CLAYTON — On a hot July afternoon, Riley Coulter of Dahlonega drew water from a north Georgia lake and placed it in a plastic container to learn how her counterparts in Mozambique secured the day’s drinking water.
Ella Ulrich of Rutledge and other girls used straw brooms to sweep the dust out of a hut, which recreated a daily chore endured by her peers in the coastal South African nation.
And Emily Sims of Dalton learned how to twist a colorful cloth around her body and gently place a teddy bear, simulating an infant, into a comfortable nook and walking around as she performed household chores.
Each week this summer young girls and teens from across Georgia explored such everyday experiences that many said led them not to take for granted their comfortable lifestyle. And several joked that enjoying air conditioning was the first luxury to cherish.
The experience of living in Mozambique and learning about its culture and hardships – if actually only a make-believe village tucked into the woods of Camp Pinnacle – gave the girls a close-up encounter many say they will never forget.
Praying for the unchurched in the faraway nation, where fellow Georgia Baptists Chris and Katie Nalls have been serving for nine years, was at the top of the week’s culture camp activities.
Each day after breakfast the campers Skyped the couple and asked questions in real time across six time zones. The interaction added a flesh-and-blood dimension to the weeks and removed it from an impersonal study.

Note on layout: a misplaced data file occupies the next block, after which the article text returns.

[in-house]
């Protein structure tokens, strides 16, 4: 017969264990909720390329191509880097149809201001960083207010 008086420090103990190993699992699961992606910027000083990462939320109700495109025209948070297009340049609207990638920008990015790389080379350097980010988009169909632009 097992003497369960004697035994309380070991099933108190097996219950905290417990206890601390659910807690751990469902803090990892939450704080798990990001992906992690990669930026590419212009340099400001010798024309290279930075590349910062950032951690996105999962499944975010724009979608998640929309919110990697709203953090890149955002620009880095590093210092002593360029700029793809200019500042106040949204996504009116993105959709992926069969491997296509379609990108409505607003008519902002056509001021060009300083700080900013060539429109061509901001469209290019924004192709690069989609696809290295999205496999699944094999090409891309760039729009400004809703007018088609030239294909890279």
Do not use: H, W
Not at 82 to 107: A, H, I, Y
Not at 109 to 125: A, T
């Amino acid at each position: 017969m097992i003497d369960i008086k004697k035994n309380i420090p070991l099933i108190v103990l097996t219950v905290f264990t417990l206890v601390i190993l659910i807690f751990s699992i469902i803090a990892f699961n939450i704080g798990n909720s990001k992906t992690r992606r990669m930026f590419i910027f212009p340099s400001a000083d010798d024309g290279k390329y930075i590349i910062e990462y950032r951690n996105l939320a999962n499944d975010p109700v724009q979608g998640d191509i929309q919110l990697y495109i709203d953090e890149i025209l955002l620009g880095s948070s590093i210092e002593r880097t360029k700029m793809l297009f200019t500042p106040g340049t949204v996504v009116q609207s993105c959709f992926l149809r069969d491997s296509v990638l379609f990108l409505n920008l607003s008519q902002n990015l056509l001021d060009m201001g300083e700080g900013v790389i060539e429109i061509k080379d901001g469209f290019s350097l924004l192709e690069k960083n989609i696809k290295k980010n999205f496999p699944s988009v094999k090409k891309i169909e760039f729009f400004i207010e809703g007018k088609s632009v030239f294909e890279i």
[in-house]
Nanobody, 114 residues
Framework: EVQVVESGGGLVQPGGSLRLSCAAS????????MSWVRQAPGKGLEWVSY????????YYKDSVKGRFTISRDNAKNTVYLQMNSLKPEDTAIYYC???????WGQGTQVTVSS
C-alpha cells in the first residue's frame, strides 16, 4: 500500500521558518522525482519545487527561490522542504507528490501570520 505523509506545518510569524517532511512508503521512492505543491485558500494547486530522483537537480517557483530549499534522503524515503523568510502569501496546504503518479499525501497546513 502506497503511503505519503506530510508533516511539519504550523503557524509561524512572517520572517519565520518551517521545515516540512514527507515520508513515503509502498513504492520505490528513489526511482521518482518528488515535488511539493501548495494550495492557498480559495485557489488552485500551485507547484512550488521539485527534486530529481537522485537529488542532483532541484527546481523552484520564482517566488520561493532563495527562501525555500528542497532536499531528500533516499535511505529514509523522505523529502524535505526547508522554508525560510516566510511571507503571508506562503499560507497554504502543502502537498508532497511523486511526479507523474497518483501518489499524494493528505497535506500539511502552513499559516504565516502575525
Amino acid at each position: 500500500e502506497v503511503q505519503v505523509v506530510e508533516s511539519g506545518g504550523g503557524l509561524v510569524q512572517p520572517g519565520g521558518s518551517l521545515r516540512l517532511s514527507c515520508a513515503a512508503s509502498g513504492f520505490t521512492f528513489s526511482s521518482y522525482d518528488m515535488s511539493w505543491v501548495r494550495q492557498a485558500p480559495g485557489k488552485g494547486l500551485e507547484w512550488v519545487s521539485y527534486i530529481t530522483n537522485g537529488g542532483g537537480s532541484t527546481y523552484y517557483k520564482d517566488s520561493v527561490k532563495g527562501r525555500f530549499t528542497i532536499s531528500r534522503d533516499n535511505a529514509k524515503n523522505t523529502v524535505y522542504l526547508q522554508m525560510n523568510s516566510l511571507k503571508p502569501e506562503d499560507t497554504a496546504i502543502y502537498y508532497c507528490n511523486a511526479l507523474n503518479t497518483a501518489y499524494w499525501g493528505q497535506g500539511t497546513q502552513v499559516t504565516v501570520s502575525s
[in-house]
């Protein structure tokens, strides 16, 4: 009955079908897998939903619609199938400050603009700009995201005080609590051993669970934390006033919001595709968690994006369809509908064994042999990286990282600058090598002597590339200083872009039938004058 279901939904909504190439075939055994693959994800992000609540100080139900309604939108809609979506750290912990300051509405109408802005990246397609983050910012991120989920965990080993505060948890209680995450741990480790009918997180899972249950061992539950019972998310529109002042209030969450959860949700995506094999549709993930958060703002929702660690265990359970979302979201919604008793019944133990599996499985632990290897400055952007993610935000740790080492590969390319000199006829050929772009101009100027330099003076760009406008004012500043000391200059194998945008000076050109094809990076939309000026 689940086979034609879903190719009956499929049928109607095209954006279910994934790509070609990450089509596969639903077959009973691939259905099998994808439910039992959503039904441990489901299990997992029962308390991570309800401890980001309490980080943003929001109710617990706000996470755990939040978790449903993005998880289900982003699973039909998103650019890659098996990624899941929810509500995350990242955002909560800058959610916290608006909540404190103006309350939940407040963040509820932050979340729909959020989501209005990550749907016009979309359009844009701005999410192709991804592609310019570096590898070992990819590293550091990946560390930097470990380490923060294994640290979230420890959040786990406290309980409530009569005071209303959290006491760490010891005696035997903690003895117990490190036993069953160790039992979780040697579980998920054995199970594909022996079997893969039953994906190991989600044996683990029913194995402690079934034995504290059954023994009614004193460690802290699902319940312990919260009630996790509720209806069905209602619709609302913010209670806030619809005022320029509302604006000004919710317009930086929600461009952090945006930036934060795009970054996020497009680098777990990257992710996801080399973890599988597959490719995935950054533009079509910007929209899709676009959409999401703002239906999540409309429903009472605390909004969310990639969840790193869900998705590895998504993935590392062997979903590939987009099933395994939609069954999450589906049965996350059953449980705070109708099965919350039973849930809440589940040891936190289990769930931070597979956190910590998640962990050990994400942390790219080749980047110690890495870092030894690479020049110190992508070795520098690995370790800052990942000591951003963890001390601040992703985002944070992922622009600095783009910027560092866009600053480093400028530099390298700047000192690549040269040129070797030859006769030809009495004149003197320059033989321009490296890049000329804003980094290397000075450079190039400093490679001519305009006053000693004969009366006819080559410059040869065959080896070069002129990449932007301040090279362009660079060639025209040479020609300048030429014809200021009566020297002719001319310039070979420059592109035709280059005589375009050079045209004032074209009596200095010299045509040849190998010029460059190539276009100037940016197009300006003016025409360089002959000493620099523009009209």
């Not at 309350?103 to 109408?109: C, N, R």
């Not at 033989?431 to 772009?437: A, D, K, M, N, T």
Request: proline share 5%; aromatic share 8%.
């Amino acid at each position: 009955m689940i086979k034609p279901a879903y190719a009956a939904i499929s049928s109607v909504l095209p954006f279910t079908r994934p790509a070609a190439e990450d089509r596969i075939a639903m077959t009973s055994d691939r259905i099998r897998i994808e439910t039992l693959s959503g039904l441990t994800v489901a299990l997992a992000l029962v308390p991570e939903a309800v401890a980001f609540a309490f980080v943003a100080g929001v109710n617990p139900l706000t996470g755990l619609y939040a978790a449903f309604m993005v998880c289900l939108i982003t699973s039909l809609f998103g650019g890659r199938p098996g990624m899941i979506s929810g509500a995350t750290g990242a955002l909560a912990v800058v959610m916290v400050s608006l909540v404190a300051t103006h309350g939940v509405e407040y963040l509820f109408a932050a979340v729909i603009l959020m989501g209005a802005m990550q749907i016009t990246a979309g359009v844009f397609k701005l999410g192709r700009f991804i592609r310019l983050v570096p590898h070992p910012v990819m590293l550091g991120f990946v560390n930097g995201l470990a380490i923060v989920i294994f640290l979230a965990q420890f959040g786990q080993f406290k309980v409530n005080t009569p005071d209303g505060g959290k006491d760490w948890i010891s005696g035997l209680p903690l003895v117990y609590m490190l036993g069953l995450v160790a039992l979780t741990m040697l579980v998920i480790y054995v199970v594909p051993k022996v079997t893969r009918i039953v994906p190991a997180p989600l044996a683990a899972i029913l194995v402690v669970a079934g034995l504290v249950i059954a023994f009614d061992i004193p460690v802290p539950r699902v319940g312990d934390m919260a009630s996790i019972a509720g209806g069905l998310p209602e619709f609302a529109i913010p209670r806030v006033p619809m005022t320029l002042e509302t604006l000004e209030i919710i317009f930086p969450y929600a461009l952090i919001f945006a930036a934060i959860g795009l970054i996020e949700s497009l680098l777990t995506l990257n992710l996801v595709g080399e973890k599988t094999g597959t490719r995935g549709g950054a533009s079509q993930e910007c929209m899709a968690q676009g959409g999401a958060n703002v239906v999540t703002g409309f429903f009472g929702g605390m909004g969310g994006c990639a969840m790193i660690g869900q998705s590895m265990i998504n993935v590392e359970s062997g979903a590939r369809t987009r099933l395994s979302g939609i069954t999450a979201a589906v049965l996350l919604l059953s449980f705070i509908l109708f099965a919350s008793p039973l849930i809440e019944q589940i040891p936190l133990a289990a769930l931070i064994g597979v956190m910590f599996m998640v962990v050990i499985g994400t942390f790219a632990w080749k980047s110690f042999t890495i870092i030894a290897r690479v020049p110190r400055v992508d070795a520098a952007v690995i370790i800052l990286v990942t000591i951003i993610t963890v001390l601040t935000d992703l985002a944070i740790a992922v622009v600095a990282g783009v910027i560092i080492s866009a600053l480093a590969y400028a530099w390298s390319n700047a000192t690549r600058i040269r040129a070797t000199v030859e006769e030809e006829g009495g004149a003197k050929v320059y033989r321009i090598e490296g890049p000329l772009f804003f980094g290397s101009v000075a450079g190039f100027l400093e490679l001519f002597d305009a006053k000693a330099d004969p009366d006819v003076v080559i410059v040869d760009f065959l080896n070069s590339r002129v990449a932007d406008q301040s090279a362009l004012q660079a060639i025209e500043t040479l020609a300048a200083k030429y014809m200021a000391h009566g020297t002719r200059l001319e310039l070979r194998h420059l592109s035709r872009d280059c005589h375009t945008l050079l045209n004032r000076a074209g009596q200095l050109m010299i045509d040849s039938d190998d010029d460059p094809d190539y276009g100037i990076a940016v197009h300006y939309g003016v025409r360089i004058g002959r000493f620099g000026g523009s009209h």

Chris, who grew up in First Baptist Church of Tifton, and Katie, from Tabernacle Baptist Church in Carrollton, first met as International Mission Board journeymen in the nation. They eventually married and returned to the field and now have three children – Abigail, Emma Claire, and Daniel.
The couple looked forward to the daily video call and expressed thanks for being included in the summer programming. By the end of the summer the girls had given nearly $4,000 to be used by the Nalls among the Nyungwe people of Tete.
“We know that God can use a weeklong focus on our nation in the lives of some of these girls that will have an eternal impact – not only in their lives, but in the lives of other people in Mozambique,” Katie said in an email interview.
“Some of them may continue to pray for the Nyungwe people with whom we work in Tete. God may call some of them to come and work here in the future. Hopefully, they will all understand God’s calling for believers to go and make disciples at home and abroad.”
The Georgians, who served as guest missionaries at the camp in 2012, added that they have high expectations for the girls praying for them, not just this summer but throughout the coming year.
“We know that God can use a weeklong focus on our nation in the lives of some of these girls that will have an eternal impact.”
Katie Nalls, missionary to Mozambique
“We expect God to be faithful to His Word. We believe that He is the One who has the power to transform hearts and lives here in Mozambique. We know that we are incapable to doing anything without the power of the Holy Spirit working in us so we pray and ask God to fill us and other believers here.
“We believe that the Gospel is the power of God for salvation to anyone who believes, so we pray knowing that the Gospel will change hearts. We are thankful for the hundreds of girls who prayed not only for us, but for the hearts of Mozambican people to be changed. We know God will be faithful and work through their prayers.”